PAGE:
Over the past two months we have been having a lot of fun talking about John 14:6. The release of Brian McLaren’s new book Why Did Jesus, Moses, the Buddha, and Mohammed Cross the Road?: Christian Identity in a Multi-Faith World and our subsequent live event with him at Wild Goose West (audio here) got us started.
Then Jericho Books gave us some copies to give away so we put out the John 14:6 Challenge. People stepped up with posts and used the speakpipe to leave us messages.
I swung first with “Jesus wasn’t talking about Muslims in John 14:6” and followed it up with “an alternative to John 14:6” saying that one that famous passage is off the table for thinking about how to deal with other religions … where does one start? What are the alternatives?
Last week, Tripp and I recorded a TNT that will come out this afternoon where we listen to some of the calls and talk about some of the posts… in that midst of that conversation, (beginning in minute 15) we put out an idea that I thought should be in written form and not just audio. Here it goes:
Not only is John 14:6 not about other religions – since it is a disciple’s invitation – but it is not even about salvation. It is about relationship and not salvation.
I blame it on lazy reading that results in conflating subjects. I think that Jesus is inviting those who follow him to relate to ‘the Father’ (Abba) as he relates to Abba by:
- living the life he laid out,
- walking the way he modeled and
- embodying the truth we proclaim.
Tripp implies that is has something to do with Calvinism and it’s histroical impact of making salvation:
A) transactional instead of relational
B) individual instead of communal
So I want to ask the question (you may want to listen to the TNT episode to hear the whole context):
What if John 14:6 is not only not about other religions – but isn’t even about salvation? How would that impact your use of that passage and where else would you turn in the Bible for an alternative?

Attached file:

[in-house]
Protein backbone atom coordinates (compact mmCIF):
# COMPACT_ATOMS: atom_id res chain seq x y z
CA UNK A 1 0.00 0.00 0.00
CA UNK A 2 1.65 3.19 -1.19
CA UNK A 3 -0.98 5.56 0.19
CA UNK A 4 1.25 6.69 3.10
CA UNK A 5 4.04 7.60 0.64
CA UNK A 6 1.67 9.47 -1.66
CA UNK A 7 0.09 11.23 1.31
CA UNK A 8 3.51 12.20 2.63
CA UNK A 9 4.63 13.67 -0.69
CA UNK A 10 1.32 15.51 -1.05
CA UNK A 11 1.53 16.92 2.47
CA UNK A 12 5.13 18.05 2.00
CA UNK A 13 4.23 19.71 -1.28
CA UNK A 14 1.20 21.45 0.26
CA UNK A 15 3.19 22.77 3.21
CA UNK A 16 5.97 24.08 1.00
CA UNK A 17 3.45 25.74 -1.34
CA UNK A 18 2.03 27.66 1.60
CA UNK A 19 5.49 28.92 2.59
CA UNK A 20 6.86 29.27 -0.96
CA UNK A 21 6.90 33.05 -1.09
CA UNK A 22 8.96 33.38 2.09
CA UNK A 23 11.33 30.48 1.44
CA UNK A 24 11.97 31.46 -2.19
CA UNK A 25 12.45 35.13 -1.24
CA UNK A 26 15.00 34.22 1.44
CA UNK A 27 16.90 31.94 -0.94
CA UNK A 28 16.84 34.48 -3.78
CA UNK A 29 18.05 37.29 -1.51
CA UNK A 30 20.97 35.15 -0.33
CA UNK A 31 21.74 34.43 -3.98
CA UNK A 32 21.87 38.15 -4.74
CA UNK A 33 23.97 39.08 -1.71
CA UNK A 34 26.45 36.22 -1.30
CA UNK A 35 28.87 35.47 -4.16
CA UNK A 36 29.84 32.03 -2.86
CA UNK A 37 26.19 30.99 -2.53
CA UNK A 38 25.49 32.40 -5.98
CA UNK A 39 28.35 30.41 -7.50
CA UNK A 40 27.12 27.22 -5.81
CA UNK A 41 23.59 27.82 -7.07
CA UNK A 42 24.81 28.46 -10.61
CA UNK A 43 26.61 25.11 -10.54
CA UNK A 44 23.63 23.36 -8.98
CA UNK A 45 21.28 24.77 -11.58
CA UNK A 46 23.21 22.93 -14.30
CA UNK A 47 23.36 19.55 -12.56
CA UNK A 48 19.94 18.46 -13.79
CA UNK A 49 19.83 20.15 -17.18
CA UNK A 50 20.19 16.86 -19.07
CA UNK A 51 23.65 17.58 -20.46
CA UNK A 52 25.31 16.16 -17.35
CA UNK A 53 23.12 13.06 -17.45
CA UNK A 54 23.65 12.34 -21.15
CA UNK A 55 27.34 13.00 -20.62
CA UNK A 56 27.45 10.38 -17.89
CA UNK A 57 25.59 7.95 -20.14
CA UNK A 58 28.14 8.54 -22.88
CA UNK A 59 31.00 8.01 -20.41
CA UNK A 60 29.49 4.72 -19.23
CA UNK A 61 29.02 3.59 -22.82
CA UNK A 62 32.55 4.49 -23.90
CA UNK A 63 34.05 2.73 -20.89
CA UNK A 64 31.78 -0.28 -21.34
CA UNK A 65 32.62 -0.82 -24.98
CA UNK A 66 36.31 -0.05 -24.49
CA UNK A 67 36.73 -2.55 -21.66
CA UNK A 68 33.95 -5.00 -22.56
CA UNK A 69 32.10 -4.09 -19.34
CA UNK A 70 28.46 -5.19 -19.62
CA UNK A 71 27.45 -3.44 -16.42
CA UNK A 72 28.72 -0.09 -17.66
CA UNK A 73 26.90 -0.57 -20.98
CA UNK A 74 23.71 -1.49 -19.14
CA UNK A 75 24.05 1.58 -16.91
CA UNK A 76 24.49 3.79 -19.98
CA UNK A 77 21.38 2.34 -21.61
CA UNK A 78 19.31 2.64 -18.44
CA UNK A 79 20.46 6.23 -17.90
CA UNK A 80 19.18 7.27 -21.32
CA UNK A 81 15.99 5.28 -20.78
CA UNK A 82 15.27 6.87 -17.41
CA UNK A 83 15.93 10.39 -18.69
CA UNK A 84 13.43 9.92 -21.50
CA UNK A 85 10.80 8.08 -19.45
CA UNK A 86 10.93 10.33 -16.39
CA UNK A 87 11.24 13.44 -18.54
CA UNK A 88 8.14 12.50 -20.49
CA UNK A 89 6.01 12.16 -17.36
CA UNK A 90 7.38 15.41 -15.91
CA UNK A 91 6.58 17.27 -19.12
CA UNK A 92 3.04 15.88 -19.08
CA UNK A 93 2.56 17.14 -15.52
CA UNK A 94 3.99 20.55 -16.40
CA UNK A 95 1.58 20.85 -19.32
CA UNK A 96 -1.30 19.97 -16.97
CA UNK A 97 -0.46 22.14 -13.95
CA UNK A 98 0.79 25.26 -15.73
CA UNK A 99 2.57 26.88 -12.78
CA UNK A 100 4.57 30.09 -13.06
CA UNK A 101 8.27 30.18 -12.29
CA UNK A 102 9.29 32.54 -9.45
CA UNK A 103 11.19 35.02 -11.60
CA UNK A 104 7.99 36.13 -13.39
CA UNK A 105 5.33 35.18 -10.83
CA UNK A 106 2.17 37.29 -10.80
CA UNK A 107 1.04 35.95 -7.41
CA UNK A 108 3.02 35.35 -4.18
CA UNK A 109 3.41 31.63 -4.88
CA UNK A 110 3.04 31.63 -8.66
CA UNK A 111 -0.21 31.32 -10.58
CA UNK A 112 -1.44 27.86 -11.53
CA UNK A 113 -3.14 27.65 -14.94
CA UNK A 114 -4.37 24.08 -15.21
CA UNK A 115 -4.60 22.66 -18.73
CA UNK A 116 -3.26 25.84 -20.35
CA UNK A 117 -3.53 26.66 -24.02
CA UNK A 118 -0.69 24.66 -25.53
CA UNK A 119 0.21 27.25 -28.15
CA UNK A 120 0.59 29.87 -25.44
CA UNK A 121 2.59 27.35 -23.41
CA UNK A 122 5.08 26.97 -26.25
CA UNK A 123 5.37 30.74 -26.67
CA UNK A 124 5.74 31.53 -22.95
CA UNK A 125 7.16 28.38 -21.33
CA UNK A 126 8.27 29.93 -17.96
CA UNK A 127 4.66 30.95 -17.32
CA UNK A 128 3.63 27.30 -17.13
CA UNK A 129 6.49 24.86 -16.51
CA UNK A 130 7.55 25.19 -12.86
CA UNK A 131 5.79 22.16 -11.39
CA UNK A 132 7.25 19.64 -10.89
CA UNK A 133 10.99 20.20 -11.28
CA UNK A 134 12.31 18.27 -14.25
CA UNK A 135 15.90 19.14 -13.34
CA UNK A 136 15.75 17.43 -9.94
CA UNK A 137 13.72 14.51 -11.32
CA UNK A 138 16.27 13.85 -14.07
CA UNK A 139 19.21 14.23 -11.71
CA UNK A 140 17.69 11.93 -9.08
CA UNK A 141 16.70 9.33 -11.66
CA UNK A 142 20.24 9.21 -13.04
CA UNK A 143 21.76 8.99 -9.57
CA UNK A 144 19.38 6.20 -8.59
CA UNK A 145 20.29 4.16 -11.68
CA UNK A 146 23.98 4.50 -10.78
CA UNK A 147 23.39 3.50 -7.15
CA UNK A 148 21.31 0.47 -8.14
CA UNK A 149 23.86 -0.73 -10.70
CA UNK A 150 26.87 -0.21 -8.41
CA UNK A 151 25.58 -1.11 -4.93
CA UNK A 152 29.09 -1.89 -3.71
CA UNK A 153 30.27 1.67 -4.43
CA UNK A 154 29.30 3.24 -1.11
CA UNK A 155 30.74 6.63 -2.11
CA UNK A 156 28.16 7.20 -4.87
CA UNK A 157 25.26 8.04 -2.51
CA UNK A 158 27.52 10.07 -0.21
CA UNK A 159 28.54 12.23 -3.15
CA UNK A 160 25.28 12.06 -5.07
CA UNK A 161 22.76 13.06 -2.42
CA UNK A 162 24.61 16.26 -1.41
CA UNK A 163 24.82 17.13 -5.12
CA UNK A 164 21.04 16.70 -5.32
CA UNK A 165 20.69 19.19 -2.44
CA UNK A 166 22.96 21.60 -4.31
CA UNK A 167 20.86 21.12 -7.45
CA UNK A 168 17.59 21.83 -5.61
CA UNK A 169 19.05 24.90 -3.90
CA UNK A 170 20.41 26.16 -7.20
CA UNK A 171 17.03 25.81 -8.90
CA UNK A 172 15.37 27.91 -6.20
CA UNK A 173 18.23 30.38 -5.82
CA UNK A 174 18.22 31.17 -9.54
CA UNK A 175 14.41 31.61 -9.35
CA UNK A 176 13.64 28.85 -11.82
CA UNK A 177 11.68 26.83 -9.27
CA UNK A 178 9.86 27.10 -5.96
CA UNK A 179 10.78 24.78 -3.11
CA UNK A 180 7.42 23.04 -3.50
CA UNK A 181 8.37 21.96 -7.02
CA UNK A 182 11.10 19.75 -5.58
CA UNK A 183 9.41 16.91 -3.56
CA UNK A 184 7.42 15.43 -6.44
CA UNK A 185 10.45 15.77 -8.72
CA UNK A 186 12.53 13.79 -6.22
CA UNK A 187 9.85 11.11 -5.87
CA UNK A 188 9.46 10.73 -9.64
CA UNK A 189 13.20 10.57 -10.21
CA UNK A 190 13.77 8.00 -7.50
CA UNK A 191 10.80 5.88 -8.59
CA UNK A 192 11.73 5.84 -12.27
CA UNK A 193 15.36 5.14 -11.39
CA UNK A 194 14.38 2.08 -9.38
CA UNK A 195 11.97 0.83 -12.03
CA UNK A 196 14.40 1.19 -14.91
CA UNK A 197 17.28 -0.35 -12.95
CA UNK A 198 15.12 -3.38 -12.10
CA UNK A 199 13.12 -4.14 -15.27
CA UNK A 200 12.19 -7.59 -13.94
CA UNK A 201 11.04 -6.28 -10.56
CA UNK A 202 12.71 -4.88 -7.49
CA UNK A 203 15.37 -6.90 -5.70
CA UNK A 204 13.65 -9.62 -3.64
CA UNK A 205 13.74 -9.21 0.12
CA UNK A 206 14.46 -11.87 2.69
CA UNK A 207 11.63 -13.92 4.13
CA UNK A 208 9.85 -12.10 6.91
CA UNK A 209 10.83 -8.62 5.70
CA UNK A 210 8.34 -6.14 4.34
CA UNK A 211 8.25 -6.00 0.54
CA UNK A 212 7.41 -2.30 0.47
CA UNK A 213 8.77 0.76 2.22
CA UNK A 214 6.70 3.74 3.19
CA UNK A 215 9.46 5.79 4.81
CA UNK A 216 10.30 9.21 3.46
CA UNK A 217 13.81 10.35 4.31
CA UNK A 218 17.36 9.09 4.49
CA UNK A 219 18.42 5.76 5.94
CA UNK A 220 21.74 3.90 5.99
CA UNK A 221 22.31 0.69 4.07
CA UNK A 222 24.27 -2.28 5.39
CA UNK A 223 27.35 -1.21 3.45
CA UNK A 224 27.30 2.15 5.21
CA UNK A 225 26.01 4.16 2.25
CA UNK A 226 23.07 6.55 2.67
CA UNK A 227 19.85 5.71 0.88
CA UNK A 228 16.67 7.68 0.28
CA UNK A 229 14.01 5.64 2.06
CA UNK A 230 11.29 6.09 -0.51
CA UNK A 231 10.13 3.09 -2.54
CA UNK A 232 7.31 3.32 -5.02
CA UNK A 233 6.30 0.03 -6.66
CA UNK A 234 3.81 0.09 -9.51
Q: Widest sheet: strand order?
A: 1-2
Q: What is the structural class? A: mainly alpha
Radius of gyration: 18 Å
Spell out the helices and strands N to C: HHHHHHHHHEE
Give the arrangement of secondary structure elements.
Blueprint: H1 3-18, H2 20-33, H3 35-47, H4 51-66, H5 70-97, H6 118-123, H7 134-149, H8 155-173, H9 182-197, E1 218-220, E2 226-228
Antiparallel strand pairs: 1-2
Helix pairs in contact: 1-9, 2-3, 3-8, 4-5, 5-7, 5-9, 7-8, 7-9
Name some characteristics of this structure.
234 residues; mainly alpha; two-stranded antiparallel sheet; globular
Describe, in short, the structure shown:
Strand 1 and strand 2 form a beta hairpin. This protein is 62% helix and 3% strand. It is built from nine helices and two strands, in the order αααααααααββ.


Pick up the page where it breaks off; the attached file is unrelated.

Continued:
Personally, I would go to Acts 4:12 “God has given no other name under heaven by which we must be saved.” Mainly because it has the word ‘saved’ in it AND sounds semi-exclusive … which is what people TRY to get John 14:6 to be – but simply isn’t. That is the conflation that I am talking about.
December 1, 2012 at 3:24 pm
Truthfully, Bo, to think about John 14:6 in a non-salvific way is pretty refreshing to me. Until you started this whole challenge, I felt like I could never discuss the very thought of another religion without the J14:6 bomb being dropped; now I can. Following this for the last month has been relieving and wonderful; it gives hope to those who doubt, who are groping about in their walk with Christ and can’t see where they were going (Tripp’s story about the discussions with the monk were awesome, BTW). So a big thank-you goes to you and Tripp for helping push this weight off my shoulders by getting closer to the true meaning behind Jesus’ words here.
As for Acts 4:12, that does sound pretty exclusive, but not as condemning as I would expect, considering the Jewish idea of salvation. After reading Stephen Prothero’s book God is Not One, knowing that the Jews view the world as broken and needing to be put back together, I think this throws what Peter is saying into a whole new light. For him, the way, truth and the life of Jesus is the only way to put the world back together (or, in NT Wrights terms, put the world to rights). In a way, every time the early church invited folks to believe in Jesus, it was a way of saying, “We are building up a new world in Christ; join us in this work!” I guess to reject Jesus, in this case, is to say that you benefit more from the old way of doing things, of oppressive laws that only prove that no one is righteous.